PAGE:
Effects of drought and elevated nutrients on invasion by Lepidium latifolium and implications for carbon storage in tidal wetlands of the San Francisco Bay-Delta

Start/End: April, 2016 to March, 2018

The Delta ecosystem is under threat from multiple concurrent stressors, including drought, nutrient pollution, and invasion by non-native species. Lepidium latifolium is an invasive perennial plant that displaces native species and may reduce carbon storage in tidal marshes. Preliminary data suggest that drought may be detrimental to L. latifolium invasion, whereas elevated nutrients may promote invasion.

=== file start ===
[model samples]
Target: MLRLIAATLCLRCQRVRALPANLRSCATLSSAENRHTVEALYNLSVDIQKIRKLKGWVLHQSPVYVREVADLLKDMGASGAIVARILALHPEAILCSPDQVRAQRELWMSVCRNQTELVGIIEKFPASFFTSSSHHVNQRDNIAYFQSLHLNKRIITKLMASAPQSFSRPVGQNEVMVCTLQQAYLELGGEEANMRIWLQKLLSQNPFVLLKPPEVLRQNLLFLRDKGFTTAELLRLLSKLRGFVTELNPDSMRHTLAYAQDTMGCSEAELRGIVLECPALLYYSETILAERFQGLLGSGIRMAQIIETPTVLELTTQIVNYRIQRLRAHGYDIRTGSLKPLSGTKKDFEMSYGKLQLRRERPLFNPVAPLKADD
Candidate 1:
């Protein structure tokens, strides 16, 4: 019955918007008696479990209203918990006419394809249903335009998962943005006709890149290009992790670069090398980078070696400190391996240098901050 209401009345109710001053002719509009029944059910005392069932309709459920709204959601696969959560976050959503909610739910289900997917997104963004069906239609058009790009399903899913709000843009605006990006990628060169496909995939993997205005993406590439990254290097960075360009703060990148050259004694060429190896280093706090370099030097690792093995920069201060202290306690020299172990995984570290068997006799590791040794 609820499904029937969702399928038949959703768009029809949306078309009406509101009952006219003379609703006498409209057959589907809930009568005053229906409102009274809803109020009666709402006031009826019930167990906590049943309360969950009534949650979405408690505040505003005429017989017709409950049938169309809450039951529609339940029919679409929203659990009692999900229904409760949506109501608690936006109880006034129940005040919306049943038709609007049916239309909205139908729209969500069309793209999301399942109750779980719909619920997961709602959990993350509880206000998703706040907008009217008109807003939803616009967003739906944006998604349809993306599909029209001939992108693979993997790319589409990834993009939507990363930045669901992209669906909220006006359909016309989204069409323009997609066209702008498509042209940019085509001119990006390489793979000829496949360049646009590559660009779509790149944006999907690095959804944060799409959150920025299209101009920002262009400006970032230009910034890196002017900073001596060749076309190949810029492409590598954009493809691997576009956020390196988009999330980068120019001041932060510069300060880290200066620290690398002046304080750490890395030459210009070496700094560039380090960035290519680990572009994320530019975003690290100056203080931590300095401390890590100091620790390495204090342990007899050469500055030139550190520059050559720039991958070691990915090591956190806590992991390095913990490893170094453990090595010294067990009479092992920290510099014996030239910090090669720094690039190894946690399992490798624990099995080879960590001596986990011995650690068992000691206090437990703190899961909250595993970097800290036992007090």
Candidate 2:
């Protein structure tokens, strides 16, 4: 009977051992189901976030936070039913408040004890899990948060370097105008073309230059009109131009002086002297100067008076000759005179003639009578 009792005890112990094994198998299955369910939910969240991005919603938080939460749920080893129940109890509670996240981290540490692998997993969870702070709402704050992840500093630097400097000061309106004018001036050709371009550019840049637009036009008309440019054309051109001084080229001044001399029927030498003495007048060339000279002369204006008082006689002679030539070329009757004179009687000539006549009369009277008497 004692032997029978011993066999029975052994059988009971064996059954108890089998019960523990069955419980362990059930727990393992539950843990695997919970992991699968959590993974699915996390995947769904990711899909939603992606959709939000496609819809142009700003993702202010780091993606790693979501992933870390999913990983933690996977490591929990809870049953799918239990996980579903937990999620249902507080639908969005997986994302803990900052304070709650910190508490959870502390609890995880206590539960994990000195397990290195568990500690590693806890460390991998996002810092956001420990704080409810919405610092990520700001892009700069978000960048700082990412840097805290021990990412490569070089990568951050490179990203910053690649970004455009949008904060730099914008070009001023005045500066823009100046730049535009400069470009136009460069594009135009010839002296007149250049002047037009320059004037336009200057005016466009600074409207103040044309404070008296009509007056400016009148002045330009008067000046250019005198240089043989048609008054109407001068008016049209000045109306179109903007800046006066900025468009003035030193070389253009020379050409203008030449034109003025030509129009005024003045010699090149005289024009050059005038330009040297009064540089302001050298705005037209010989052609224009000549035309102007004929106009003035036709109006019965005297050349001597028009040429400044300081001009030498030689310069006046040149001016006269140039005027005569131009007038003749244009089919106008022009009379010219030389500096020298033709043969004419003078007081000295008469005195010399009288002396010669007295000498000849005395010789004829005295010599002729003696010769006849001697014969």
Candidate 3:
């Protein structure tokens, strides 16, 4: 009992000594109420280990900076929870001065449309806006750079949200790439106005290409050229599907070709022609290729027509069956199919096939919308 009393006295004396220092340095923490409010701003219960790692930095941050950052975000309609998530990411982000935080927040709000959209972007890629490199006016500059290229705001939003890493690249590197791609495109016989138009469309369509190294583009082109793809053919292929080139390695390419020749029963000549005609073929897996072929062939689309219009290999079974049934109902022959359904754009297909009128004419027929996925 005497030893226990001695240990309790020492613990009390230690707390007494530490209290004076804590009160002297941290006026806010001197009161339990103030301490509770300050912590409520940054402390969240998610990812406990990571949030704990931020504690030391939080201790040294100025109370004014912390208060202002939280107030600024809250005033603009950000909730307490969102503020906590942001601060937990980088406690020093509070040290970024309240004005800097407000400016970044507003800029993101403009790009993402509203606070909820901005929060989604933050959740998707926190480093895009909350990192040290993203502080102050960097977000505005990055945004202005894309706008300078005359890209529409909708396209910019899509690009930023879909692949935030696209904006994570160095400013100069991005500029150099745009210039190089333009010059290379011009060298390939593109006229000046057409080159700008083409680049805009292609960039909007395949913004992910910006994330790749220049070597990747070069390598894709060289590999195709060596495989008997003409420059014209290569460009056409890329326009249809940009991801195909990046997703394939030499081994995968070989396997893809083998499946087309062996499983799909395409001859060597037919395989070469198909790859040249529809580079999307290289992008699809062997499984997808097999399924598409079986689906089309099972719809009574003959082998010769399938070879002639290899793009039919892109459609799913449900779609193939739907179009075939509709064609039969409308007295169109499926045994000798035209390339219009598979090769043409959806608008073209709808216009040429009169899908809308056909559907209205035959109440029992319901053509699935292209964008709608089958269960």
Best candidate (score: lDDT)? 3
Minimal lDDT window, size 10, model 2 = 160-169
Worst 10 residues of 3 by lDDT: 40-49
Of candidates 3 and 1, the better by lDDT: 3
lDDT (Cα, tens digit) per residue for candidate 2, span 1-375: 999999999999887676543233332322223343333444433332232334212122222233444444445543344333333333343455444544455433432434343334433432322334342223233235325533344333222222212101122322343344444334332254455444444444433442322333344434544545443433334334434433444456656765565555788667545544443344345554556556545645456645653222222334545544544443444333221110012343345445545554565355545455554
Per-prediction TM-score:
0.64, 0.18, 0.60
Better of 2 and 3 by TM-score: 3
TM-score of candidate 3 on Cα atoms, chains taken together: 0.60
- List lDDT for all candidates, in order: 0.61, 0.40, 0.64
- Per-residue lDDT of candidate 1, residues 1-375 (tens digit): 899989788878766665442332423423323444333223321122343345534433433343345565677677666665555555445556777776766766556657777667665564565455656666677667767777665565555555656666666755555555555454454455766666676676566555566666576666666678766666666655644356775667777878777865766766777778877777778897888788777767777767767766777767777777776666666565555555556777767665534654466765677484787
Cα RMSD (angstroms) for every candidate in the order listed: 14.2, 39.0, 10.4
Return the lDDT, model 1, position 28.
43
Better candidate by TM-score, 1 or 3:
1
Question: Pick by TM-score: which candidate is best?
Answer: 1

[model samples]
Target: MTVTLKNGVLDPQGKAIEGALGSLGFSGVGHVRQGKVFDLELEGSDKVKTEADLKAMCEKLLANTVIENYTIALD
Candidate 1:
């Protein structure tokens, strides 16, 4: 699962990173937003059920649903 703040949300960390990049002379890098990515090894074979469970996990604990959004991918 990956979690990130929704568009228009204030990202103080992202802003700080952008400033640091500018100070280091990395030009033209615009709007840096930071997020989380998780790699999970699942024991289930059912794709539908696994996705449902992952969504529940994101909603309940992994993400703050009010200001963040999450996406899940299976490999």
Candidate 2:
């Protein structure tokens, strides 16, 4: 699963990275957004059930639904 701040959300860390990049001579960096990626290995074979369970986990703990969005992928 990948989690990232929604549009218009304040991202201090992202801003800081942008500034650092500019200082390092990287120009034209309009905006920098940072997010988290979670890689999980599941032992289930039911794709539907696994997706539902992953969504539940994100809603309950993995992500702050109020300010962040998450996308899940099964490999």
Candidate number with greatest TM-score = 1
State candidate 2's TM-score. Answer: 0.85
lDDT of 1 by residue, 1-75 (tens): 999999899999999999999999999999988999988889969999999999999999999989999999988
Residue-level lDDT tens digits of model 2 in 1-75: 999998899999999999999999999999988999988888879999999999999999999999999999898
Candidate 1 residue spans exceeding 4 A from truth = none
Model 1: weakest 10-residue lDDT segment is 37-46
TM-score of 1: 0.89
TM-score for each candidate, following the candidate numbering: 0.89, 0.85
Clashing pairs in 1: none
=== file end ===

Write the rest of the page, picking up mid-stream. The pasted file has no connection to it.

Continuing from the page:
Using experimental manipulation of tidal marsh plots, this project will test the impact of drought and elevated nutrients on the invasion of L. latifolium. The results will inform management of L. latifolium in the Bay Delta by identifying its vulnerabilities to climatic and nutrient conditions, and will be shared with management agencies including East Bay Regional Parks, San Pablo Bay National Wildlife Refuge, and Palo Alto Baylands, among others. The results will also be integrated with the PI’s dissertation research on the carbon storage capacity of L. latifolium, in order to inform wetland carbon offset policies.